One of the ongoing storylines of writer Dan Jurgens’ Action Comics is the uneasy (at best) relationship between a Superman from a pre-Flashpoint existence and a New 52 Lex Luthor who claims he is now a superhero himself.
That relationship comes to a head in the third volume subtitled Men of Steel.
The stage has been set for Superman. He doesn’t for a minute trust this alternate Lex Luthor, but Luthor keeps claiming he’s one of the good guys now, as inspired by the death of the Superman he knew, going so far as to wear that Superman’s cape and the familiar S-shield on his armored suit. Things come to a head in this storyline as two aliens named Zade and L’call the Godslayer come to Metropolis looking to kill Luthor for his crimes. What crimes might those be? L’call has the ability to see the future, and he sees there that Luthor will one day succeed Darkseid and be responsible for the genocidal extinction of many races across the universe, including Earth! The two have been executing various evildoers for an unknown amount of time before these individuals could perform the acts that would warrant them death. L’call for one is tired of this, but if what he sees in the future is true, then killing Luthor now will save a lot of lives in the future.
Of course, Superman doesn’t believe in killing or in doing so for crimes that only might happen. He prevents the instant execution, but then follows L’call and Zade to retrieve Luthor from the planet they call home, and there he has to decide how much he trusts this man, particularly when the two are forced to work together to escape Luthor’s captivity. It’s hard enough when neither trusts the other, and Luthor for one feels he was never even given a chance due to Superman’s preconceived notions of whom any Lex Luthor might be.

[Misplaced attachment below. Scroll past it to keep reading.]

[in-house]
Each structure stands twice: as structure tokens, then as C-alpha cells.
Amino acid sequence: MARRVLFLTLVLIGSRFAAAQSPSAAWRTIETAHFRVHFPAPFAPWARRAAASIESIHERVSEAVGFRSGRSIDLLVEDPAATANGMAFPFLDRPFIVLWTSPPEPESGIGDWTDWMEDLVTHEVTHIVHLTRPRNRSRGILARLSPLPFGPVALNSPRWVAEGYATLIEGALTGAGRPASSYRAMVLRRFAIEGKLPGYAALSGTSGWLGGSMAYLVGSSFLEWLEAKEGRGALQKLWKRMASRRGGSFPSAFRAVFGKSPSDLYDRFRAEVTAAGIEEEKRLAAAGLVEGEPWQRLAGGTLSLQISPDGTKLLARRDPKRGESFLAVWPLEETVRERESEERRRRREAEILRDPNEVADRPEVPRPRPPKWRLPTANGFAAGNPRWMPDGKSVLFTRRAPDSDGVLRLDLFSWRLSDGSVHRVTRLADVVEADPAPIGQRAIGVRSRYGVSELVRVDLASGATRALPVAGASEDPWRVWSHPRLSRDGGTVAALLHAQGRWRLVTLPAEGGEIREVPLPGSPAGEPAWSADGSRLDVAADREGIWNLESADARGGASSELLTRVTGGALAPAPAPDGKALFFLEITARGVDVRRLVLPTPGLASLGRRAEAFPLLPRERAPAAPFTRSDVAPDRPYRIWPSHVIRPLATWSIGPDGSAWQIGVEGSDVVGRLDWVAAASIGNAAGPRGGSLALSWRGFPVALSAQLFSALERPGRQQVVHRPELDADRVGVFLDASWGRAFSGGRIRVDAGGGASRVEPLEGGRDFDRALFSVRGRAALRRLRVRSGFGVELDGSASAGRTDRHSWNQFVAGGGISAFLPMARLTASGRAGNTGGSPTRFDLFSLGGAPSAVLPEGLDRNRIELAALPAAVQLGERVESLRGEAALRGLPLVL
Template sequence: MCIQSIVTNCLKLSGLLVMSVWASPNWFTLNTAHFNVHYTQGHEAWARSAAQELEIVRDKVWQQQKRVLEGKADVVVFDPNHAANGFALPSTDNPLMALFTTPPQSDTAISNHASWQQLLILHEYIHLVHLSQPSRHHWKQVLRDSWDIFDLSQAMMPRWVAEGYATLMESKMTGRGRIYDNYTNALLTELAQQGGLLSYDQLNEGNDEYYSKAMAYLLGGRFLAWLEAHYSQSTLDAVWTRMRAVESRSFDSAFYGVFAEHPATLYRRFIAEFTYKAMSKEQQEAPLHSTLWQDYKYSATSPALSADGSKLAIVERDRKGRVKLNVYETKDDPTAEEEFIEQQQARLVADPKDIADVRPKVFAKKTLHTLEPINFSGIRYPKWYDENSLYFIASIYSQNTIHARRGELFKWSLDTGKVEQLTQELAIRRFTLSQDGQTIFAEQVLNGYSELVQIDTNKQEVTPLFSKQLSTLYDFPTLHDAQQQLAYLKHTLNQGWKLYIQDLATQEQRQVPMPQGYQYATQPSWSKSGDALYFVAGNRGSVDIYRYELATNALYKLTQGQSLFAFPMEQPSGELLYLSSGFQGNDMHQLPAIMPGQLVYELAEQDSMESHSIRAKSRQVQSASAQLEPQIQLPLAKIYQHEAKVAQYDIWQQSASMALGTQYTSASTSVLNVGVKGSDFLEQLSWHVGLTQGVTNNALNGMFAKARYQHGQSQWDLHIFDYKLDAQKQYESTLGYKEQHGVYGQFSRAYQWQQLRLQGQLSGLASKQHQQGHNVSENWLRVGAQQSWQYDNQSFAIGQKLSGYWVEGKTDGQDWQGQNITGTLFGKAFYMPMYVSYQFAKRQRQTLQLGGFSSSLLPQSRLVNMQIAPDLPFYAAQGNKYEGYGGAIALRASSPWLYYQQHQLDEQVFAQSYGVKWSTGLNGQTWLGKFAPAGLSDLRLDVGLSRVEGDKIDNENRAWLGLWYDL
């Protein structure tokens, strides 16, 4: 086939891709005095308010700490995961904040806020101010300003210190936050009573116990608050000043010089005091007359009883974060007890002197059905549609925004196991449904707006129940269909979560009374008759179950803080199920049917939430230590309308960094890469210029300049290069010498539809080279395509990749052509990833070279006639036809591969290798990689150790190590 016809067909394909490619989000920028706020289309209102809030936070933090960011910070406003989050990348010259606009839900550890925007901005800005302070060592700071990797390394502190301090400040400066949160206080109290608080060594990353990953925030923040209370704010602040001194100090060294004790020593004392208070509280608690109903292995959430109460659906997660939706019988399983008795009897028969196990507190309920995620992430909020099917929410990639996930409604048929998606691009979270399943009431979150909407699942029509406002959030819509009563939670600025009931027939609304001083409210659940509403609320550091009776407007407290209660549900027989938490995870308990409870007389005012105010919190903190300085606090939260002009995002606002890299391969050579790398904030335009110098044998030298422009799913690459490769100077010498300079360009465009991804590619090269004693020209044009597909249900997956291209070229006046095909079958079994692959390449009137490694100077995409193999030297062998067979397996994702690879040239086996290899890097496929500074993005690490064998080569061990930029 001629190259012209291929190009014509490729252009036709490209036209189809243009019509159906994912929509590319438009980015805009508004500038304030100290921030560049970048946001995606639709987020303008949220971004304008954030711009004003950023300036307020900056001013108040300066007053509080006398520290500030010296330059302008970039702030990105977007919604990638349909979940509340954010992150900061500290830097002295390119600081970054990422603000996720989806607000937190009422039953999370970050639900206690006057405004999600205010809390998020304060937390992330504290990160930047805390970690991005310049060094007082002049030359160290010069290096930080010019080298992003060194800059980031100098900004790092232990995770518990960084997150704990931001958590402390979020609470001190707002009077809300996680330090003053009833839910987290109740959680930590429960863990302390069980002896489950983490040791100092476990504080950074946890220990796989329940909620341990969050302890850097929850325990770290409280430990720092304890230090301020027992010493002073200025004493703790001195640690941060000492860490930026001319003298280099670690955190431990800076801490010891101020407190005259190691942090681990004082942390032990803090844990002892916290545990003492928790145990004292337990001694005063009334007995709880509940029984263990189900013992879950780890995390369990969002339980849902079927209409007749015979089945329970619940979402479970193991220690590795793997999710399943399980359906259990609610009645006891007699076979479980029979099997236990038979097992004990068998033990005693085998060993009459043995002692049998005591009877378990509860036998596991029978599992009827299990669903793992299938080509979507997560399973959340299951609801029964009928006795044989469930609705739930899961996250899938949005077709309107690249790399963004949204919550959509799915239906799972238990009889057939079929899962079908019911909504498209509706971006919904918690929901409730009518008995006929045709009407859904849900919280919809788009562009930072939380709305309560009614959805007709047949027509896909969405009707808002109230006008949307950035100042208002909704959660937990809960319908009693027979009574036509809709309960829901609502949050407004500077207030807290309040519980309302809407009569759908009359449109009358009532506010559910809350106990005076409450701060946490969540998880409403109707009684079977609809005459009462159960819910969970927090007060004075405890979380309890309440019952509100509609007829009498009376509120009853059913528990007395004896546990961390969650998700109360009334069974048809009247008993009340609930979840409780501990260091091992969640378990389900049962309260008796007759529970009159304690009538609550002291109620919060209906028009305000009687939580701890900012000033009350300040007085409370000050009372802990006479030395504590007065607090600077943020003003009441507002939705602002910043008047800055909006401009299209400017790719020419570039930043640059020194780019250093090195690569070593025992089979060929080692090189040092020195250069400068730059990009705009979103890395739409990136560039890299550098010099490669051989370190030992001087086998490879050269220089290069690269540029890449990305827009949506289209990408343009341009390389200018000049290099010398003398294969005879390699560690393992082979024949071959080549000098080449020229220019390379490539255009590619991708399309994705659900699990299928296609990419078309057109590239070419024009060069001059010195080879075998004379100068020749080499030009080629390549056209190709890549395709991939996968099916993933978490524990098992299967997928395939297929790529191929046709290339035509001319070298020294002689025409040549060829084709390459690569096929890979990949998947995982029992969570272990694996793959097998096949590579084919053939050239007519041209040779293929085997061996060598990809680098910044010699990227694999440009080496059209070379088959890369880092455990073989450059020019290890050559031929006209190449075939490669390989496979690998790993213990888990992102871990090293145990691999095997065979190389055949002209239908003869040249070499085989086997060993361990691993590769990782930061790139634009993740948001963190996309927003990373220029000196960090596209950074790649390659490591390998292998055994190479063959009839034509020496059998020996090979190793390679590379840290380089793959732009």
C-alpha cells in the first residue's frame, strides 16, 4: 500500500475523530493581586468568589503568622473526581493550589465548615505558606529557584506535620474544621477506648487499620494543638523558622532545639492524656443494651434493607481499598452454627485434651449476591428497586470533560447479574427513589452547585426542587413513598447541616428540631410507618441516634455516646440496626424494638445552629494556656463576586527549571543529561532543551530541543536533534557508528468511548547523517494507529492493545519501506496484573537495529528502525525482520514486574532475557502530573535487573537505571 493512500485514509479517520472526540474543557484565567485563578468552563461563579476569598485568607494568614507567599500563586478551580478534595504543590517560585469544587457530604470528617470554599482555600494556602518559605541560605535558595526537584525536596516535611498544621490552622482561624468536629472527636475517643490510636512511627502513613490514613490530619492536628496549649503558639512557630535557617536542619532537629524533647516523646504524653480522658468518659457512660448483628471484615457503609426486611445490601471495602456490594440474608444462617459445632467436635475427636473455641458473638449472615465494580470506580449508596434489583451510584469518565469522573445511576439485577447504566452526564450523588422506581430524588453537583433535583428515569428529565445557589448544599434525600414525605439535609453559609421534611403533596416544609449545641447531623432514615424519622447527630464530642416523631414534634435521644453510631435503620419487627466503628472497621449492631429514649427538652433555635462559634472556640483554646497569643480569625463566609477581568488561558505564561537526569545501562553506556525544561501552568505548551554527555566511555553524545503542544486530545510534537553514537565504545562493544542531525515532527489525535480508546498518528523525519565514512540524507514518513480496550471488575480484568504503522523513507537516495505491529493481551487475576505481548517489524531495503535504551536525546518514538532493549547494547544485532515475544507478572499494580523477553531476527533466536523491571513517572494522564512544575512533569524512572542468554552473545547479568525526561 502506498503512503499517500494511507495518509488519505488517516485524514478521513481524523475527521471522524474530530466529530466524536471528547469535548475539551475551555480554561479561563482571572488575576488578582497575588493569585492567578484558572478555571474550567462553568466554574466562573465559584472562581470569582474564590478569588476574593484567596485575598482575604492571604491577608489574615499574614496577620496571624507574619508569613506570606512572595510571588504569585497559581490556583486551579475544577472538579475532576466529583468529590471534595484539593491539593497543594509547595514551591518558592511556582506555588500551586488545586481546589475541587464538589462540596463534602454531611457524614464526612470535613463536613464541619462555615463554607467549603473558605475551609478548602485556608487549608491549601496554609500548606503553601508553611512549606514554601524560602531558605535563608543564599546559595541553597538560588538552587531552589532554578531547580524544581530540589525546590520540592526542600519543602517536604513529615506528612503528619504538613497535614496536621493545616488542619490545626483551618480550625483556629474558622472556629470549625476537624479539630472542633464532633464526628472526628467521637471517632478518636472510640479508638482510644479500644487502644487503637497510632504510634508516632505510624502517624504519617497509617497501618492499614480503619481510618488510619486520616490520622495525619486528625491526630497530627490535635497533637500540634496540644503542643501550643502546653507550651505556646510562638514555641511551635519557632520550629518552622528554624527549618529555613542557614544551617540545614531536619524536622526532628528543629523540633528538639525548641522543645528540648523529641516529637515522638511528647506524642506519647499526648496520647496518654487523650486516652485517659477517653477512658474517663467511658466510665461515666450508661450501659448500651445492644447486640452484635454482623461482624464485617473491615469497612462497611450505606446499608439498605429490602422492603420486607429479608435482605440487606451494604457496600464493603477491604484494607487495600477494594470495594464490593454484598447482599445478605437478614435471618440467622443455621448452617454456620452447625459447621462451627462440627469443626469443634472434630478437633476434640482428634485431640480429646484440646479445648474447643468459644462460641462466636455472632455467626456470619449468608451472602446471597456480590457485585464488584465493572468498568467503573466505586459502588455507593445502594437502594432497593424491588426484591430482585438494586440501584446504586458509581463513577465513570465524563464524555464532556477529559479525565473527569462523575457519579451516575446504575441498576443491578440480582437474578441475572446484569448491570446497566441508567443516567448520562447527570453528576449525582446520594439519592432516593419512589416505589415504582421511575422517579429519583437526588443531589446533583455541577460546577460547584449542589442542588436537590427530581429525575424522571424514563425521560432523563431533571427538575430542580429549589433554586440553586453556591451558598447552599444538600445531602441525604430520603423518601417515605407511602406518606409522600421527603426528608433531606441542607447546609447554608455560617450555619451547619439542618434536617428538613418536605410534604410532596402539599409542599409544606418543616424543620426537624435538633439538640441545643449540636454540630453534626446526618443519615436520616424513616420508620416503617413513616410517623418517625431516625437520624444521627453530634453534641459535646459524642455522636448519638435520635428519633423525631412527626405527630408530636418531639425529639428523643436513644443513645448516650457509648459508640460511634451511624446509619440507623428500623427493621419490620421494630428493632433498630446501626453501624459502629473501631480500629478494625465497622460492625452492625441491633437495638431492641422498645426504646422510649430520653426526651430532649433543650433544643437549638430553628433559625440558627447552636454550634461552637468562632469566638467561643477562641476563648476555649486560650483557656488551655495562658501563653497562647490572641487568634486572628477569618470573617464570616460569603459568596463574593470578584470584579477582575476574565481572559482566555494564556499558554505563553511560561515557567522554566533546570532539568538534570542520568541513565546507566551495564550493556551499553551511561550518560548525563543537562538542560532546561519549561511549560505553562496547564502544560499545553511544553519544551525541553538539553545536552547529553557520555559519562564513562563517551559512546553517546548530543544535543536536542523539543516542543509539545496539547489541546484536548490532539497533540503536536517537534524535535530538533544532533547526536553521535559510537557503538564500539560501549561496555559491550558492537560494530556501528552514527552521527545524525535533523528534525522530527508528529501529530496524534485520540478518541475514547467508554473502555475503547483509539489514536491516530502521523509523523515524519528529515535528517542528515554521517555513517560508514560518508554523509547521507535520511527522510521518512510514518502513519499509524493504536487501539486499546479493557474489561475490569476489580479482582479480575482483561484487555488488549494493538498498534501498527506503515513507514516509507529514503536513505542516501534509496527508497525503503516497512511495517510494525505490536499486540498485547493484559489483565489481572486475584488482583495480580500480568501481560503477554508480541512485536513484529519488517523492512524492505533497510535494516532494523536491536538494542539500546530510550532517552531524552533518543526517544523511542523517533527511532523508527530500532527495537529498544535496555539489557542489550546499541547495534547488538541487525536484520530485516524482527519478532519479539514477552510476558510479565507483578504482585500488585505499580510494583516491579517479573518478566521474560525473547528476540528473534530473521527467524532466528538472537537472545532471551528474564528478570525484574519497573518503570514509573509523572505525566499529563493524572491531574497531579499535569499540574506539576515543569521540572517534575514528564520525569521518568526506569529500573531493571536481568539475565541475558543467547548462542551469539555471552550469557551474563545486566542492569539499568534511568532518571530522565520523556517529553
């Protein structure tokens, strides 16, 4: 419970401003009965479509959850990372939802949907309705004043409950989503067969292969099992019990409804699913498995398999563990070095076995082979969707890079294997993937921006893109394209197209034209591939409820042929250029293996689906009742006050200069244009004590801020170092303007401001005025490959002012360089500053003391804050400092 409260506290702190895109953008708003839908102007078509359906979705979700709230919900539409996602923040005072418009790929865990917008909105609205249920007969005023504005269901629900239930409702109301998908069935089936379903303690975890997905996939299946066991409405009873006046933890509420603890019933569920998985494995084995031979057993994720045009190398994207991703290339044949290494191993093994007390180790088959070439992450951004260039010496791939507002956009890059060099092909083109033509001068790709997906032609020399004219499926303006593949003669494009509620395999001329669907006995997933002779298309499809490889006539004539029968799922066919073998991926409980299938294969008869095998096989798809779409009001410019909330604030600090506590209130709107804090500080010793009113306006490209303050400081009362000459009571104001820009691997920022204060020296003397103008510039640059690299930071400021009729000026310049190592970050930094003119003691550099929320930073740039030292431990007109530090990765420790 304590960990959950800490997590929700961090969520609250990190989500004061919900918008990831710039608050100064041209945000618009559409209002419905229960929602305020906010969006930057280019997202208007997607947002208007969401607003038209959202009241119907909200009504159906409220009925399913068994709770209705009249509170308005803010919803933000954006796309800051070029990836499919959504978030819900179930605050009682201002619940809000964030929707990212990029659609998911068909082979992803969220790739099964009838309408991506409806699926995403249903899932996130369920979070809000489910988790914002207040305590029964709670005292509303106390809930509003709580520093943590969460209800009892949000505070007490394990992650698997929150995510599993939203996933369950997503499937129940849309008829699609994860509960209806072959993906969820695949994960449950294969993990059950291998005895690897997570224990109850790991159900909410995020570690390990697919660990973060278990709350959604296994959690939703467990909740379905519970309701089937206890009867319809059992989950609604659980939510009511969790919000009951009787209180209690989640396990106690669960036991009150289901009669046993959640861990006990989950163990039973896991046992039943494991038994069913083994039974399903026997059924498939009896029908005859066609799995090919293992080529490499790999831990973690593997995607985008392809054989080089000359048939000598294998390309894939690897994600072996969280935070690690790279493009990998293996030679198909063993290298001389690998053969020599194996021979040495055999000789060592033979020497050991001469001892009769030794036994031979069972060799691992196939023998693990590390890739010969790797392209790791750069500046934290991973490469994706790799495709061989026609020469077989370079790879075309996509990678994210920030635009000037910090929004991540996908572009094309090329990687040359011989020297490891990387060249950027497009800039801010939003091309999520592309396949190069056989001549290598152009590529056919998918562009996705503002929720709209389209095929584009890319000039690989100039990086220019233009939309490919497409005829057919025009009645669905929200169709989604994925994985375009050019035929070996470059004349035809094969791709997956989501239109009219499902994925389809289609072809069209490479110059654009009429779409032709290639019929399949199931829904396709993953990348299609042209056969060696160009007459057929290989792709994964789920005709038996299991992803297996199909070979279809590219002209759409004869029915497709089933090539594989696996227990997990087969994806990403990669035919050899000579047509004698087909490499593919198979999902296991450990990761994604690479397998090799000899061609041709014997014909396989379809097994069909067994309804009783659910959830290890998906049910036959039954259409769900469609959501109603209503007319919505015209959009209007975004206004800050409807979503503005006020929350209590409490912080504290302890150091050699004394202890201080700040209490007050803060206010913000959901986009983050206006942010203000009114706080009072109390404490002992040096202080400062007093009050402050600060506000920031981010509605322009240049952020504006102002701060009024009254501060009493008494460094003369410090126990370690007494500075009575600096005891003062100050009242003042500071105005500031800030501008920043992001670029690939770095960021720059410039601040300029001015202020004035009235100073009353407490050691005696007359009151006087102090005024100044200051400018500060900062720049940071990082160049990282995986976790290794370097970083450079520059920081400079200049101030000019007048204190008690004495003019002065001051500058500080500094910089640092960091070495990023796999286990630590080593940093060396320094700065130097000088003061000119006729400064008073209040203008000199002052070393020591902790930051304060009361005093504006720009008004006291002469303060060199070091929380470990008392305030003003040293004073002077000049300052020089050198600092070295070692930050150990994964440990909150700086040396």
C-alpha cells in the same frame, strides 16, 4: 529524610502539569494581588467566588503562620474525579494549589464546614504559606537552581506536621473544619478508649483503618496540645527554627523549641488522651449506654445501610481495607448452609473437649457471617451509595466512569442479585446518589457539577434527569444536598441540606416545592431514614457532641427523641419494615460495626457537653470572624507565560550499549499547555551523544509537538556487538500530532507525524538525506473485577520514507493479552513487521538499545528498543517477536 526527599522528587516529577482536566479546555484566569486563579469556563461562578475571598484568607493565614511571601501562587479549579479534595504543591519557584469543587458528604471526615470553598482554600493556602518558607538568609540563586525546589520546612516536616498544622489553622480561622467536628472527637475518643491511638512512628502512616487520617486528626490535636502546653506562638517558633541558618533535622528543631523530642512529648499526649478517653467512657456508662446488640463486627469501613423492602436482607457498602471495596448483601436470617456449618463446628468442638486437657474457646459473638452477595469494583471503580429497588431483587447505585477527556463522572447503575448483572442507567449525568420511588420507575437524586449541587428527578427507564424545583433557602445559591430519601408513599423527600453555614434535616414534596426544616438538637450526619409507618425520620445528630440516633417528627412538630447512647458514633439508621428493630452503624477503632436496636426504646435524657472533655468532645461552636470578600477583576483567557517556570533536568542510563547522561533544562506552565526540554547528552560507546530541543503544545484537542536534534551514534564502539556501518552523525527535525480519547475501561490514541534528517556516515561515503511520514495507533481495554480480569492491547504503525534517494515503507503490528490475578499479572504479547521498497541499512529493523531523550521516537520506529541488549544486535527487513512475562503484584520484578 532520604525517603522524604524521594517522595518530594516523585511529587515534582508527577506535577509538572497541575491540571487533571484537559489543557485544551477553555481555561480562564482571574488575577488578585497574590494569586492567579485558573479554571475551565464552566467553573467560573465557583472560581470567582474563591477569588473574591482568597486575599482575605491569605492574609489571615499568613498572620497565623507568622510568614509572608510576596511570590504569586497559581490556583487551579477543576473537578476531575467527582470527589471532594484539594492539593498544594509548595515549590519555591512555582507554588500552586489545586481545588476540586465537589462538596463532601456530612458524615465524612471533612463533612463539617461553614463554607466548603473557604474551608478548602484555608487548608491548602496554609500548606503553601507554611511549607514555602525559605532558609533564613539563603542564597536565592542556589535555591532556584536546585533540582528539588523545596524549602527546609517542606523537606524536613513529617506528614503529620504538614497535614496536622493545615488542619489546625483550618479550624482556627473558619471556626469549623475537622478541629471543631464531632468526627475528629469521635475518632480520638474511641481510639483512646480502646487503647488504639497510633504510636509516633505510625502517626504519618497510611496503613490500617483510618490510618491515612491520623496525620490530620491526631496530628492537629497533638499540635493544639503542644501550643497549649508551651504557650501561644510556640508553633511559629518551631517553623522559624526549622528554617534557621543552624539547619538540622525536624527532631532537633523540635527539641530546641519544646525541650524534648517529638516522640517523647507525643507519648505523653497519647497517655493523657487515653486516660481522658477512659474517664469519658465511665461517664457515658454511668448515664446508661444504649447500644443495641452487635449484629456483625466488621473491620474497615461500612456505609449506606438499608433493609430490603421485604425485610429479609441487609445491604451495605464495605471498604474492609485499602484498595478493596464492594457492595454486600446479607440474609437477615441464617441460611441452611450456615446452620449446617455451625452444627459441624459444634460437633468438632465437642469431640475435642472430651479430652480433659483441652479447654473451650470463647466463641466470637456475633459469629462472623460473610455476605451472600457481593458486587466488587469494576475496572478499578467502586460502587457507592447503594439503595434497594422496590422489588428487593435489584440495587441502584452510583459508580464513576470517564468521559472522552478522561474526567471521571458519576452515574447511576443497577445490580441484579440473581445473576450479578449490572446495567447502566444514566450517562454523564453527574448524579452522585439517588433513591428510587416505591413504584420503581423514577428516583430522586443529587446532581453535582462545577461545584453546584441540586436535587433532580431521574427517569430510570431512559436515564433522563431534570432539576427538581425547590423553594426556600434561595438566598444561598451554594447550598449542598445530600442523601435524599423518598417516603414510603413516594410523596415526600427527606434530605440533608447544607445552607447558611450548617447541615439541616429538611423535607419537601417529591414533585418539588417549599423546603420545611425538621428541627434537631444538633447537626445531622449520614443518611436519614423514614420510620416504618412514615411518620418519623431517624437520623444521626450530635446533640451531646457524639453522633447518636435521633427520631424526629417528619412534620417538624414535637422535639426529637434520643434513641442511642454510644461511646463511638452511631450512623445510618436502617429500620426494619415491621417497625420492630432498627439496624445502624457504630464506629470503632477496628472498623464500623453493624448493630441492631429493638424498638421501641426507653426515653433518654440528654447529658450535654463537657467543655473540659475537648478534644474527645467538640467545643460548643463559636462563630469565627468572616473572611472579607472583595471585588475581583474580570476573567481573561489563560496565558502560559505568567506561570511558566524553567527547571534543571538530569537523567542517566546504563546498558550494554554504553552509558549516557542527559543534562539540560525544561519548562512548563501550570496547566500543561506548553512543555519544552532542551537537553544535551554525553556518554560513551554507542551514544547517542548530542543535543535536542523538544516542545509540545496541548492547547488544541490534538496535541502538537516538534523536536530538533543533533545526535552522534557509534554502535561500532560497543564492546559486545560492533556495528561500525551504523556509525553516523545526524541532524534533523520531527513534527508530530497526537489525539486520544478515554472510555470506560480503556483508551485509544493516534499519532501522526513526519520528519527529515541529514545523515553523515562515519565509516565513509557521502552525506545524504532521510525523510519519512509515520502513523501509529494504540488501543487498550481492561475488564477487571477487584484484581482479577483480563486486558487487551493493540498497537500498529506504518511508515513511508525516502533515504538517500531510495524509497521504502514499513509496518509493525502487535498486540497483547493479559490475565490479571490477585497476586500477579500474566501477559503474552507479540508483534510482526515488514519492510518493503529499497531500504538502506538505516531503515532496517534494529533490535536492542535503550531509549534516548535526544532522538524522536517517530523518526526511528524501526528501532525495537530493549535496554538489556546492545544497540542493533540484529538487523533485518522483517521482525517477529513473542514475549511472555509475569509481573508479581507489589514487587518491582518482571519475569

This one was definitely a step up from the previous two books. The ongoing subplot of the other Clark Kent continues as Lois does her own investigation into a missing office building (one Superman and their son Jon have already found), and the reader can see that though Luthor is far from the most pleasant hero around, his attempts to be a good guy appear to be on the level…for now at any rate. He’s still Lex Luthor, so the arrogance is still there, and Luthor doesn’t even try to apologize for that sort of thing. Why should he? He’s Lex Luthor. Eight and a half out of ten pheromonal attacks.